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Medical Malpractice Stress Syndrome

Carlo Reyes, MD, JD, Mizuho Morrison, DO, and Mike Weinstock, MD

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Litigation-related stress is also known as medical malpractice stress syndrome (MMSS).

Identifying it and making it more acceptable amidst us as colleagues is important to minimize its havoc that it can cause in our personal and professional lives.


  • Providers who are sued commonly develop a PTSD-like syndrome called Medical Malpractice Stress Syndrome (MMSS).

  • Recognizing we are at risk, knowing the signs and symptoms, and taking action early and limit the negative effect of MMSS on our personal and professional lives.


  • Medical Malpractice Stress Syndrome (MMSS) is a form of Post Traumatic Stress Disorder (PTSD) in providers who go through a lawsuit.

  • Most physicians, regardless of specialty, will face a claim made against them.

    • DeVille K, et al. Malpractice risk according to physician specialty. N Engl J Med. 2011 Nov 17;365(20):1939 [Free open access link]

      • Estimates that by age 65, more than 75% of physicians in low-risk specialties such as family medicine and 99% of physicians in high-risk specialties such as surgery will have been sued.

  • Facing a lawsuit attacks physicians at their core

  • We train hard and for a long time to be good at our jobs. The experience of being told you did something wrong or missed something is very traumatic. It is an attack on not only on our professional capabilities, but also our identity that is being scrutinized and criticized.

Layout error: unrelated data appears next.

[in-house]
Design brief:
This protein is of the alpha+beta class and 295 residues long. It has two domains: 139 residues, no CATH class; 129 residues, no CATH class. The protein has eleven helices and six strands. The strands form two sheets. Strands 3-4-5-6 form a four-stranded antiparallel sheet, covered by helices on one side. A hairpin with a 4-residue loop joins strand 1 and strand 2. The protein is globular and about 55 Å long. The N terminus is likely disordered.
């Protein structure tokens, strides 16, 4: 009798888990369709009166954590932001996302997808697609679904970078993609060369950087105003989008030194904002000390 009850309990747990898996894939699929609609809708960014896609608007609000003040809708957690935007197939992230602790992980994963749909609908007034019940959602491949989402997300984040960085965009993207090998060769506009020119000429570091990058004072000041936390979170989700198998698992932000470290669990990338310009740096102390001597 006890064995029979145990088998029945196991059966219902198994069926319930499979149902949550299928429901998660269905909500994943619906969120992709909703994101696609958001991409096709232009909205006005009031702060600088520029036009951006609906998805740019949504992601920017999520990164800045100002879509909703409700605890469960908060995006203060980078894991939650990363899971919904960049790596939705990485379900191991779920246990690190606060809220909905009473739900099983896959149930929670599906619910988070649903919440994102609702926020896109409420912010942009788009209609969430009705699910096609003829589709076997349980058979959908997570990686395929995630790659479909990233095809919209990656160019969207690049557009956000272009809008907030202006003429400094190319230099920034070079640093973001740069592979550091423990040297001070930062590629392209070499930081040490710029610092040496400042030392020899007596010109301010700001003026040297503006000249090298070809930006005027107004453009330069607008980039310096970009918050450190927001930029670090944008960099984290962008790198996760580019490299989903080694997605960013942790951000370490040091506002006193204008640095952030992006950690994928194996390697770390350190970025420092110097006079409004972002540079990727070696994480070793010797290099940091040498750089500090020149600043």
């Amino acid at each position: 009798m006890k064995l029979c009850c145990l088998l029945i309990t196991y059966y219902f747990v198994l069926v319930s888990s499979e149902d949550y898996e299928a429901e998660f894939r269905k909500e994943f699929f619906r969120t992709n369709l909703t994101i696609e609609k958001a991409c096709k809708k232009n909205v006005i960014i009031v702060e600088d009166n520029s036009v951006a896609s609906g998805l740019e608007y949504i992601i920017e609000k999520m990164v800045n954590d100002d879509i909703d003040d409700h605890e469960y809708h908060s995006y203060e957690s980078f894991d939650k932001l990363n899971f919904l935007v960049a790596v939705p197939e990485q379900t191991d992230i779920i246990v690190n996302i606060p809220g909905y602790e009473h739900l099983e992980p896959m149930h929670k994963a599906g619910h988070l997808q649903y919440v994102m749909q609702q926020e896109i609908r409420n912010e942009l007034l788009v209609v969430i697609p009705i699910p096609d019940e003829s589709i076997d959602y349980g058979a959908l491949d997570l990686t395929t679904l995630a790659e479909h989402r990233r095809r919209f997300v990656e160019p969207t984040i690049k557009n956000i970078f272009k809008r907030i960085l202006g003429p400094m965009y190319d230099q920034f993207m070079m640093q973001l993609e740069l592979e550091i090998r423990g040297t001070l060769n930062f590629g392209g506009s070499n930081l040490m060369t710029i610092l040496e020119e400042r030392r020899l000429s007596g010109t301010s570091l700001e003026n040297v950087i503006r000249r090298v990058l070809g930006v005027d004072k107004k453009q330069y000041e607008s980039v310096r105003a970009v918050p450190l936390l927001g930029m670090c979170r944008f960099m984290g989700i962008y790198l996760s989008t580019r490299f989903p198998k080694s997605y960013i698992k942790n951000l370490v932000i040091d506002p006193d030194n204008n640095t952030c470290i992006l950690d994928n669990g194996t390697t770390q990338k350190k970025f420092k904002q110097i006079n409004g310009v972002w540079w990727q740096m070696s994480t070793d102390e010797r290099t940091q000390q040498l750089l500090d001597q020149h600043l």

• Shock, denial, disbelief

    • Negative self image

    • Depression

    • Physician suicide

  • Carlo believes that all physicians who are sued demonstrate some degree of MMSS



    • Shame

    • Depression

    • Guilt

    • Victimization

    • Anger

    • Outrage

    • Frustration

    • Tension

    • Fatigue

    • GI upset

    • Chest pain

    • Decreased concentration

    • Lack of sleep



    • Viewing patients as the enemy rather than people you want to help.

    • Ordering more tests.

    • Practicing more conservatively in ways that studies have shown do not benefit the patients .

    • Emotional and psychological suffering.

    • There is often a pattern of self-abuse that emerges during MMSS in a variety of ways.

      • Working too much

      • Drinking too much

      • Ignoring important personal relationships


  • ISOLATION contributes to the development of MMSS and makes recovery more difficult.

    • Physicians who are sued do not tend to seek help and we do not have a lot of infrastructure for support within hospitals and professional organizations. MMSS is very much an underdiagnosed condition and we do not have reliable statistics to help us understand the condition.  

    • Often, the physician is not allowed to discuss the specifics of a case while it is ongoing.

      • Can discuss a case with a spouse - those are protected conversations.

      • Consider counseling and psychiatric early in the process - these are also protected, confidential conversations.

      • Can talk about your feelings with anyone. You do not have discuss details of the case, but can express your feeling openly.


  • The average lawsuit lasts 5 years from beginning to end. This is a long-term, high stress situation.

    • You are constantly reminded about the lawsuit in depositions, phone calls, emails.

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A Disposition Conundrum?! Full episode audio for MD edition 207:57 min - 98 MB - M4AHippo Urgent Care RAP - June 2017 Summary 283 KB - PDF